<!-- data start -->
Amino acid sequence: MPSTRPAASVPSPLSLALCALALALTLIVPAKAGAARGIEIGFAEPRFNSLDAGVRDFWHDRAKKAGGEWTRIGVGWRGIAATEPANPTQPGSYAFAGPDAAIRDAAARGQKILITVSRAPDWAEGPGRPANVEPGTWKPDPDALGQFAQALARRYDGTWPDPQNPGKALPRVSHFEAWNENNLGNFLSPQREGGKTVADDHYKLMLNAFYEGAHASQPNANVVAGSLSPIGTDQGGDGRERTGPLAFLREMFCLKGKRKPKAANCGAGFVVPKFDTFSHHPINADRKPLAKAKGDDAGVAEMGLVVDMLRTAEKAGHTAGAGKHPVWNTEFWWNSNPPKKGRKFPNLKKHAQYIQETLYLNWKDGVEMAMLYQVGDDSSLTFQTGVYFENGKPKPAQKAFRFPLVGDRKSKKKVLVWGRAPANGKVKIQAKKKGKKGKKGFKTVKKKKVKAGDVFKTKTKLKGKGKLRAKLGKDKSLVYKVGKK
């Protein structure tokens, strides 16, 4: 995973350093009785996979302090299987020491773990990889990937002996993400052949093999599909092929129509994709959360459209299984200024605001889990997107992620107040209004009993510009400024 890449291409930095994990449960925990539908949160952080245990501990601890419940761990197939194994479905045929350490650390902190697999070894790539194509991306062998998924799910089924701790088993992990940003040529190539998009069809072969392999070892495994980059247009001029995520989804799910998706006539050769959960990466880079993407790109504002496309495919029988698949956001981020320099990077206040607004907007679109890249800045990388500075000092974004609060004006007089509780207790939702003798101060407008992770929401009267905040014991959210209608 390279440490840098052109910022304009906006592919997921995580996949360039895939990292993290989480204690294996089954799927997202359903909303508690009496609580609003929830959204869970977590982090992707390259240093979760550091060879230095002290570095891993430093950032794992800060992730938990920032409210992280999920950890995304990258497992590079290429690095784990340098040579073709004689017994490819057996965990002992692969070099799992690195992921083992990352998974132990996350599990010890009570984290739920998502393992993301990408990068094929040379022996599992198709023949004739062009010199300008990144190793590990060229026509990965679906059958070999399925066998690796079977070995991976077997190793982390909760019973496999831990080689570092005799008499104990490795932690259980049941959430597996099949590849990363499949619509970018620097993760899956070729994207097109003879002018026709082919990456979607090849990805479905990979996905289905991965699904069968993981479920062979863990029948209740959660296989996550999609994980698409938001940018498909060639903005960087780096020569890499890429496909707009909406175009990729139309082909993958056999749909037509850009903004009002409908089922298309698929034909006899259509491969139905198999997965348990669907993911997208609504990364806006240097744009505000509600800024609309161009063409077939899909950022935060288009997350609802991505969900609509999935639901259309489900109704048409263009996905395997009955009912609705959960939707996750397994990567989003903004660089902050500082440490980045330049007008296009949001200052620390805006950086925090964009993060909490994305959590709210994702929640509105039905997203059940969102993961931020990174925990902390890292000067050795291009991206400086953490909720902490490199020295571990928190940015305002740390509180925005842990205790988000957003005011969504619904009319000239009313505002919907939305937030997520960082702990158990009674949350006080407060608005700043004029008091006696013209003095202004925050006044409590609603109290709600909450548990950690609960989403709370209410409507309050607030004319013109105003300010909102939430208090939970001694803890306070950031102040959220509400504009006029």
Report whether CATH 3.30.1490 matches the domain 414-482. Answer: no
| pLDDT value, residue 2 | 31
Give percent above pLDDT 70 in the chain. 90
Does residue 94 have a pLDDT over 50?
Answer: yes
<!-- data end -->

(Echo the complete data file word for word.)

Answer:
Amino acid sequence: MPSTRPAASVPSPLSLALCALALALTLIVPAKAGAARGIEIGFAEPRFNSLDAGVRDFWHDRAKKAGGEWTRIGVGWRGIAATEPANPTQPGSYAFAGPDAAIRDAAARGQKILITVSRAPDWAEGPGRPANVEPGTWKPDPDALGQFAQALARRYDGTWPDPQNPGKALPRVSHFEAWNENNLGNFLSPQREGGKTVADDHYKLMLNAFYEGAHASQPNANVVAGSLSPIGTDQGGDGRERTGPLAFLREMFCLKGKRKPKAANCGAGFVVPKFDTFSHHPINADRKPLAKAKGDDAGVAEMGLVVDMLRTAEKAGHTAGAGKHPVWNTEFWWNSNPPKKGRKFPNLKKHAQYIQETLYLNWKDGVEMAMLYQVGDDSSLTFQTGVYFENGKPKPAQKAFRFPLVGDRKSKKKVLVWGRAPANGKVKIQAKKKGKKGKKGFKTVKKKKVKAGDVFKTKTKLKGKGKLRAKLGKDKSLVYKVGKK
């Protein structure tokens, strides 16, 4: 995973350093009785996979302090299987020491773990990889990937002996993400052949093999599909092929129509994709959360459209299984200024605001889990997107992620107040209004009993510009400024 890449291409930095994990449960925990539908949160952080245990501990601890419940761990197939194994479905045929350490650390902190697999070894790539194509991306062998998924799910089924701790088993992990940003040529190539998009069809072969392999070892495994980059247009001029995520989804799910998706006539050769959960990466880079993407790109504002496309495919029988698949956001981020320099990077206040607004907007679109890249800045990388500075000092974004609060004006007089509780207790939702003798101060407008992770929401009267905040014991959210209608 390279440490840098052109910022304009906006592919997921995580996949360039895939990292993290989480204690294996089954799927997202359903909303508690009496609580609003929830959204869970977590982090992707390259240093979760550091060879230095002290570095891993430093950032794992800060992730938990920032409210992280999920950890995304990258497992590079290429690095784990340098040579073709004689017994490819057996965990002992692969070099799992690195992921083992990352998974132990996350599990010890009570984290739920998502393992993301990408990068094929040379022996599992198709023949004739062009010199300008990144190793590990060229026509990965679906059958070999399925066998690796079977070995991976077997190793982390909760019973496999831990080689570092005799008499104990490795932690259980049941959430597996099949590849990363499949619509970018620097993760899956070729994207097109003879002018026709082919990456979607090849990805479905990979996905289905991965699904069968993981479920062979863990029948209740959660296989996550999609994980698409938001940018498909060639903005960087780096020569890499890429496909707009909406175009990729139309082909993958056999749909037509850009903004009002409908089922298309698929034909006899259509491969139905198999997965348990669907993911997208609504990364806006240097744009505000509600800024609309161009063409077939899909950022935060288009997350609802991505969900609509999935639901259309489900109704048409263009996905395997009955009912609705959960939707996750397994990567989003903004660089902050500082440490980045330049007008296009949001200052620390805006950086925090964009993060909490994305959590709210994702929640509105039905997203059940969102993961931020990174925990902390890292000067050795291009991206400086953490909720902490490199020295571990928190940015305002740390509180925005842990205790988000957003005011969504619904009319000239009313505002919907939305937030997520960082702990158990009674949350006080407060608005700043004029008091006696013209003095202004925050006044409590609603109290709600909450548990950690609960989403709370209410409507309050607030004319013109105003300010909102939430208090939970001694803890306070950031102040959220509400504009006029």
Report whether CATH 3.30.1490 matches the domain 414-482. Answer: no
| pLDDT value, residue 2 | 31
Give percent above pLDDT 70 in the chain. 90
Does residue 94 have a pLDDT over 50?
Answer: yes